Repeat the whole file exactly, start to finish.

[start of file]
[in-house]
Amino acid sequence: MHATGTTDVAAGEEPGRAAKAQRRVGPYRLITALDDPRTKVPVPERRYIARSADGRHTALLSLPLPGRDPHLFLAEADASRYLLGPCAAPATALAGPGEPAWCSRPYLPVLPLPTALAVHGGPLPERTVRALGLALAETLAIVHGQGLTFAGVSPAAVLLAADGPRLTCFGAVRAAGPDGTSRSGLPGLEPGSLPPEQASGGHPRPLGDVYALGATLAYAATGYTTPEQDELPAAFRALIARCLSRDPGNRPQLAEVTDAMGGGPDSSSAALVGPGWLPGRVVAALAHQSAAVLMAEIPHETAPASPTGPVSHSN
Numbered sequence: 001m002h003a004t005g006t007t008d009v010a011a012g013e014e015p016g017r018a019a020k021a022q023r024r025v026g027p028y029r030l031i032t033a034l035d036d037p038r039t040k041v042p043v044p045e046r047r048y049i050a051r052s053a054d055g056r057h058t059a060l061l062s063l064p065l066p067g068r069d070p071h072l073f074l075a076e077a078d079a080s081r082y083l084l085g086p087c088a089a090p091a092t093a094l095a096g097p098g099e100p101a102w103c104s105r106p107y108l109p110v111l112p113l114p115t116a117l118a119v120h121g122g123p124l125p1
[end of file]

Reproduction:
[in-house]
Amino acid sequence: MHATGTTDVAAGEEPGRAAKAQRRVGPYRLITALDDPRTKVPVPERRYIARSADGRHTALLSLPLPGRDPHLFLAEADASRYLLGPCAAPATALAGPGEPAWCSRPYLPVLPLPTALAVHGGPLPERTVRALGLALAETLAIVHGQGLTFAGVSPAAVLLAADGPRLTCFGAVRAAGPDGTSRSGLPGLEPGSLPPEQASGGHPRPLGDVYALGATLAYAATGYTTPEQDELPAAFRALIARCLSRDPGNRPQLAEVTDAMGGGPDSSSAALVGPGWLPGRVVAALAHQSAAVLMAEIPHETAPASPTGPVSHSN
Numbered sequence: 001m002h003a004t005g006t007t008d009v010a011a012g013e014e015p016g017r018a019a020k021a022q023r024r025v026g027p028y029r030l031i032t033a034l035d036d037p038r039t040k041v042p043v044p045e046r047r048y049i050a051r052s053a054d055g056r057h058t059a060l061l062s063l064p065l066p067g068r069d070p071h072l073f074l075a076e077a078d079a080s081r082y083l084l085g086p087c088a089a090p091a092t093a094l095a096g097p098g099e100p101a102w103c104s105r106p107y108l109p110v111l112p113l114p115t116a117l118a119v120h121g122g123p124l125p1